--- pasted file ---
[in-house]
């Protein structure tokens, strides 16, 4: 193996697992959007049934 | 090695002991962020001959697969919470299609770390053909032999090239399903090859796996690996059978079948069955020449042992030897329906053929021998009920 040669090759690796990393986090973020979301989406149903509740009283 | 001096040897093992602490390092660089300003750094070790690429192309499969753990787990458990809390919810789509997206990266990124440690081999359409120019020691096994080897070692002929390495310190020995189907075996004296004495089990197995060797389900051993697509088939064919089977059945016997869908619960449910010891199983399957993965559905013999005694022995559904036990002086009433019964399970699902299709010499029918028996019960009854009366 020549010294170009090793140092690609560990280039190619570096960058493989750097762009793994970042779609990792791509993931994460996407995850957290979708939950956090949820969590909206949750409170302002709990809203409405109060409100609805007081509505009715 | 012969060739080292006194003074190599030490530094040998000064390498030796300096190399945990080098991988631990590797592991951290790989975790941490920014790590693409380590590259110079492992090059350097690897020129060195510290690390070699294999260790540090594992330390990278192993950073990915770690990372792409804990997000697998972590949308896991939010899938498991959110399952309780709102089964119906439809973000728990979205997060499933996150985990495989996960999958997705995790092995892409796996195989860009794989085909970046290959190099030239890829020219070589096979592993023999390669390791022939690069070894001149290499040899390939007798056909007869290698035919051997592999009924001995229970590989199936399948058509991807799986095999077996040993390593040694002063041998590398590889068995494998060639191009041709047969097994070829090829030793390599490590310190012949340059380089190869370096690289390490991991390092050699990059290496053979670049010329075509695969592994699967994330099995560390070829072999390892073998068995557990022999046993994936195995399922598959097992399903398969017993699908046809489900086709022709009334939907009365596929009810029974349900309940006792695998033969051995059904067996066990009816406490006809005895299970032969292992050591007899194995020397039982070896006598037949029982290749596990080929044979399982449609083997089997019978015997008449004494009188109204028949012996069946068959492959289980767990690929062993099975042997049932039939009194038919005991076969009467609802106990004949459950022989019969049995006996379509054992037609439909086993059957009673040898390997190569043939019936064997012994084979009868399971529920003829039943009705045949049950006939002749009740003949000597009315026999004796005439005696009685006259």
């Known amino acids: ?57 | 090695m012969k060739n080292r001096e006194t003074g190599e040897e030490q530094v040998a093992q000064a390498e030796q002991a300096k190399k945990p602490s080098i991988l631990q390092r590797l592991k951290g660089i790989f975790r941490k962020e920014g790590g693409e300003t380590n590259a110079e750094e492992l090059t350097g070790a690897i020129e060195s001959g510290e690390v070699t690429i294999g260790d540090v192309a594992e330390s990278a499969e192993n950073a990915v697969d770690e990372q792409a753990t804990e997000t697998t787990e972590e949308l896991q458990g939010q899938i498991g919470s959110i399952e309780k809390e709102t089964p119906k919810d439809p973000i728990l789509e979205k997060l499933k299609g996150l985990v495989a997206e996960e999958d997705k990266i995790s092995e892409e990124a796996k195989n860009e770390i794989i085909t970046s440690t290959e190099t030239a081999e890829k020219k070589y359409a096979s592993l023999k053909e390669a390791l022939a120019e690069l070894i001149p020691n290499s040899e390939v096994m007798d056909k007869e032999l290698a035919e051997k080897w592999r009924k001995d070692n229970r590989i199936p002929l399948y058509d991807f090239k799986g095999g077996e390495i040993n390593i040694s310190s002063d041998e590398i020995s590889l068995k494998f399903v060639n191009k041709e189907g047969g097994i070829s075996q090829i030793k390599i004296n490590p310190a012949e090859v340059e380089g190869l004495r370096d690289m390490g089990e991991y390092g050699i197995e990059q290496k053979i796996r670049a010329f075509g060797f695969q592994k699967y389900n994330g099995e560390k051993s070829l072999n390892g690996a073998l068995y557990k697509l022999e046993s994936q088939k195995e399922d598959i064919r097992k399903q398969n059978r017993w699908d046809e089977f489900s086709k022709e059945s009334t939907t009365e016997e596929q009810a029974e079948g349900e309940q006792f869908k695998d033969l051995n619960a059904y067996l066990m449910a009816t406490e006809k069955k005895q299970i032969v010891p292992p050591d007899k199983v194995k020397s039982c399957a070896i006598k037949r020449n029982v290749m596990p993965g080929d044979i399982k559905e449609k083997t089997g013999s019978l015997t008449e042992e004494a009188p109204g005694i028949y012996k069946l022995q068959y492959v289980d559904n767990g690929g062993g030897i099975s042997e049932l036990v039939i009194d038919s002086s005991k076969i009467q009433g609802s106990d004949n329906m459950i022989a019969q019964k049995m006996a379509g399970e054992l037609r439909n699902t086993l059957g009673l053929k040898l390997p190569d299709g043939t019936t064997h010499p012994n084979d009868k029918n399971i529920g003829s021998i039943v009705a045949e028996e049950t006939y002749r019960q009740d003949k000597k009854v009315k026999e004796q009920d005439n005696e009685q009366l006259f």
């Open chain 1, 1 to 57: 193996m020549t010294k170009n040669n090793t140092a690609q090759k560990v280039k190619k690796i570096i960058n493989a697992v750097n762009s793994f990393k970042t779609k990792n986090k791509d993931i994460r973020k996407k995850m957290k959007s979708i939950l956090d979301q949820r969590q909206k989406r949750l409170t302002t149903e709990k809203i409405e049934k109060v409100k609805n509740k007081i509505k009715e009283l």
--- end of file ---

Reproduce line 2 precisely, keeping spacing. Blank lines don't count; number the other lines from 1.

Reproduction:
């Protein structure tokens, strides 16, 4: 193996697992959007049934 | 090695002991962020001959697969919470299609770390053909032999090239399903090859796996690996059978079948069955020449042992030897329906053929021998009920 040669090759690796990393986090973020979301989406149903509740009283 | 001096040897093992602490390092660089300003750094070790690429192309499969753990787990458990809390919810789509997206990266990124440690081999359409120019020691096994080897070692002929390495310190020995189907075996004296004495089990197995060797389900051993697509088939064919089977059945016997869908619960449910010891199983399957993965559905013999005694022995559904036990002086009433019964399970699902299709010499029918028996019960009854009366 020549010294170009090793140092690609560990280039190619570096960058493989750097762009793994970042779609990792791509993931994460996407995850957290979708939950956090949820969590909206949750409170302002709990809203409405109060409100609805007081509505009715 | 012969060739080292006194003074190599030490530094040998000064390498030796300096190399945990080098991988631990590797592991951290790989975790941490920014790590693409380590590259110079492992090059350097690897020129060195510290690390070699294999260790540090594992330390990278192993950073990915770690990372792409804990997000697998972590949308896991939010899938498991959110399952309780709102089964119906439809973000728990979205997060499933996150985990495989996960999958997705995790092995892409796996195989860009794989085909970046290959190099030239890829020219070589096979592993023999390669390791022939690069070894001149290499040899390939007798056909007869290698035919051997592999009924001995229970590989199936399948058509991807799986095999077996040993390593040694002063041998590398590889068995494998060639191009041709047969097994070829090829030793390599490590310190012949340059380089190869370096690289390490991991390092050699990059290496053979670049010329075509695969592994699967994330099995560390070829072999390892073998068995557990022999046993994936195995399922598959097992399903398969017993699908046809489900086709022709009334939907009365596929009810029974349900309940006792695998033969051995059904067996066990009816406490006809005895299970032969292992050591007899194995020397039982070896006598037949029982290749596990080929044979399982449609083997089997019978015997008449004494009188109204028949012996069946068959492959289980767990690929062993099975042997049932039939009194038919005991076969009467609802106990004949459950022989019969049995006996379509054992037609439909086993059957009673040898390997190569043939019936064997012994084979009868399971529920003829039943009705045949049950006939002749009740003949000597009315026999004796005439005696009685006259």